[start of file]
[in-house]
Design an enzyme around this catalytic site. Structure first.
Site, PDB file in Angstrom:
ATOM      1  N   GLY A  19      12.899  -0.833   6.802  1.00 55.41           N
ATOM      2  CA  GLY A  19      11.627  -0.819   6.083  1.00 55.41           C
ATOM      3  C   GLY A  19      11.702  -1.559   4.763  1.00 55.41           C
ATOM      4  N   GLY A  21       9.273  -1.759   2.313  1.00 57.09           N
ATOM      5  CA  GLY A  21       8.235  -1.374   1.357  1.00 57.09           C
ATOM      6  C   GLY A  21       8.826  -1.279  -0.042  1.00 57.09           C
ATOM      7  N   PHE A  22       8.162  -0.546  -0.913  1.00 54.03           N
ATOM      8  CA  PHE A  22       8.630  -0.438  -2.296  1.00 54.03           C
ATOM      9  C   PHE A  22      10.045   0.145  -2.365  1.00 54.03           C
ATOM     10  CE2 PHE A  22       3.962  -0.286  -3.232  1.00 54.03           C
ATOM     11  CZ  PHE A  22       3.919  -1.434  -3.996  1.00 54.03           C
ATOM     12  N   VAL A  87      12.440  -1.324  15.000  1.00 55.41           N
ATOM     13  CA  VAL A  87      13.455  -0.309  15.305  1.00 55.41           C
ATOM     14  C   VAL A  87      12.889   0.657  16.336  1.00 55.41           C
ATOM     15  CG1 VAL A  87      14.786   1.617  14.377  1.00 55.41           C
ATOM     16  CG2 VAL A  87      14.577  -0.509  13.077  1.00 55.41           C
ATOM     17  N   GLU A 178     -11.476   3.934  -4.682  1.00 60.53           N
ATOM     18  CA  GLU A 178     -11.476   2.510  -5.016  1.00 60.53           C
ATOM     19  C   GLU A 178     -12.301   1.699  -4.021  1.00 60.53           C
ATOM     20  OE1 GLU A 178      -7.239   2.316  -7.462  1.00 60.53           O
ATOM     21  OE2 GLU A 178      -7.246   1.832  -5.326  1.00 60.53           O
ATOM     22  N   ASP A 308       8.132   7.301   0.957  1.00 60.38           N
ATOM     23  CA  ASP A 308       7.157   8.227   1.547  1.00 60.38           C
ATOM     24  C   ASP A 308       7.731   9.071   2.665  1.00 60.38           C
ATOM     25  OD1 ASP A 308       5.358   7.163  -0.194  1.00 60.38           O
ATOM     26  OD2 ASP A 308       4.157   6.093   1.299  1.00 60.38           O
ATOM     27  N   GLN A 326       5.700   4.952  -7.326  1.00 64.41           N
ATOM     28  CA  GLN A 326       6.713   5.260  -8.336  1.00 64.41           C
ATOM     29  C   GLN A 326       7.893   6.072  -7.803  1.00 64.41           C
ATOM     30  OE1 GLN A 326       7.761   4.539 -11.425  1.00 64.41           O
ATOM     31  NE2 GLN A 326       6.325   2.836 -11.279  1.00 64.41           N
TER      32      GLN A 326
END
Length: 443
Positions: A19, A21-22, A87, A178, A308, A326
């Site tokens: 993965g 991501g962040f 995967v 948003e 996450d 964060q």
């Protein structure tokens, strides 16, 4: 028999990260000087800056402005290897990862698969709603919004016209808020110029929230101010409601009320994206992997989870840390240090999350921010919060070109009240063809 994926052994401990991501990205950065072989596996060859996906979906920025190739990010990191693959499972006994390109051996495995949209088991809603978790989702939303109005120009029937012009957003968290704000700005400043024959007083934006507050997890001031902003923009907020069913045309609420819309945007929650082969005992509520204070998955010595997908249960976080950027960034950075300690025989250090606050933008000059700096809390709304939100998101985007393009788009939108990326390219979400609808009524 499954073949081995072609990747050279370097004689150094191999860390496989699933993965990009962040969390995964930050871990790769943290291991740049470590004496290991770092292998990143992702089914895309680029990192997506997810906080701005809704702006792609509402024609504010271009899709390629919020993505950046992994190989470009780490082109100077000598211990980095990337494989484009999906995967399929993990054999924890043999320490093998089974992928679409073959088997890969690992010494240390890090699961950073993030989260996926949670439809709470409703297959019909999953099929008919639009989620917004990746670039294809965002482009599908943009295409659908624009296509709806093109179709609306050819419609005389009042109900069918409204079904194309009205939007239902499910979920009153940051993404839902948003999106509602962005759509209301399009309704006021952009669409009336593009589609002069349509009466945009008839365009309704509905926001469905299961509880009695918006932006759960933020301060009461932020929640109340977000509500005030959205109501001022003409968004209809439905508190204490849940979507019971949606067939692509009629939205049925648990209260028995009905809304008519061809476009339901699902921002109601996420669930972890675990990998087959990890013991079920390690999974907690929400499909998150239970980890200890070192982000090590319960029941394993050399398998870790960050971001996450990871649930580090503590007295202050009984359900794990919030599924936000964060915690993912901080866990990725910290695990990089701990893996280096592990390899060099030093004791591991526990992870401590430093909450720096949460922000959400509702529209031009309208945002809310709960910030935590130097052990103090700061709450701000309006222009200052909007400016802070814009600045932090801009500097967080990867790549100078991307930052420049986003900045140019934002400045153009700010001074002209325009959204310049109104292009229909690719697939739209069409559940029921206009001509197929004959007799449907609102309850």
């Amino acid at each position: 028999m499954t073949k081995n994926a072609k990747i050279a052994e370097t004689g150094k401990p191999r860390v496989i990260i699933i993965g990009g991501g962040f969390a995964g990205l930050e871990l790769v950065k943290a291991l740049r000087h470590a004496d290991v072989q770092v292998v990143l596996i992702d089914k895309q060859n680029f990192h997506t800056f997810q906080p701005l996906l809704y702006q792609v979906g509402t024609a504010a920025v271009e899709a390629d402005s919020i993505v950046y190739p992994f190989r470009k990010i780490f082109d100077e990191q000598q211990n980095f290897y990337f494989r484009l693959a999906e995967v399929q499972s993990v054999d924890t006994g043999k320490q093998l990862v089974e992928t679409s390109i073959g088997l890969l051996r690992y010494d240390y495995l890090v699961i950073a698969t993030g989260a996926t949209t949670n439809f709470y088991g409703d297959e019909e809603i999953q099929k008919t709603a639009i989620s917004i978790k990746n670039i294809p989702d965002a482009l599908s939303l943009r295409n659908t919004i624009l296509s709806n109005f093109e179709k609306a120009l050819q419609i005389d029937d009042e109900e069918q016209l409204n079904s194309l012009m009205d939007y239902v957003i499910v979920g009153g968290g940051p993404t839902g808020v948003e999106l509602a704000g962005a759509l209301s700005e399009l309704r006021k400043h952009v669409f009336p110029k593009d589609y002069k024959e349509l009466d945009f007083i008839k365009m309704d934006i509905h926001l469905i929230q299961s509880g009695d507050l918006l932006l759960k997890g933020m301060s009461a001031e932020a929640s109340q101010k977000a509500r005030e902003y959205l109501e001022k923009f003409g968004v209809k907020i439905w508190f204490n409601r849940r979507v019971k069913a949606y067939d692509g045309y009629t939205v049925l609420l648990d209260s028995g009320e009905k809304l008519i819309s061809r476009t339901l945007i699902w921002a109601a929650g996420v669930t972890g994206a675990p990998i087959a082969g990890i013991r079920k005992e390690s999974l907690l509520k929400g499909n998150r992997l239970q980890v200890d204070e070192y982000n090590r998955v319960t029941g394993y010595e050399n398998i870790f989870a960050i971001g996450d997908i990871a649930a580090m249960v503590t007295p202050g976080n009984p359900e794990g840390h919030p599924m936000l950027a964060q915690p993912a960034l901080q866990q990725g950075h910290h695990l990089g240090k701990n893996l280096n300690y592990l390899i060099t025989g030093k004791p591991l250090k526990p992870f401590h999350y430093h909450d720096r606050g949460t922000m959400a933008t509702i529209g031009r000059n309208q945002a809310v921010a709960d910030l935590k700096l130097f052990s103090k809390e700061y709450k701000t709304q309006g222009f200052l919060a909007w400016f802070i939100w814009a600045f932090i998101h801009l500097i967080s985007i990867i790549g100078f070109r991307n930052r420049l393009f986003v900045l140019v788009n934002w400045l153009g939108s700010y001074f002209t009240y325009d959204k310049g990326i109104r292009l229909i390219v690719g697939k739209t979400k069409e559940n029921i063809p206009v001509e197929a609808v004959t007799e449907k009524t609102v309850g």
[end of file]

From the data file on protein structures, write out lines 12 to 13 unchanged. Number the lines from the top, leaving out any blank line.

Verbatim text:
ATOM      9  C   PHE A  22      10.045   0.145  -2.365  1.00 54.03           C
ATOM     10  CE2 PHE A  22       3.962  -0.286  -3.232  1.00 54.03           C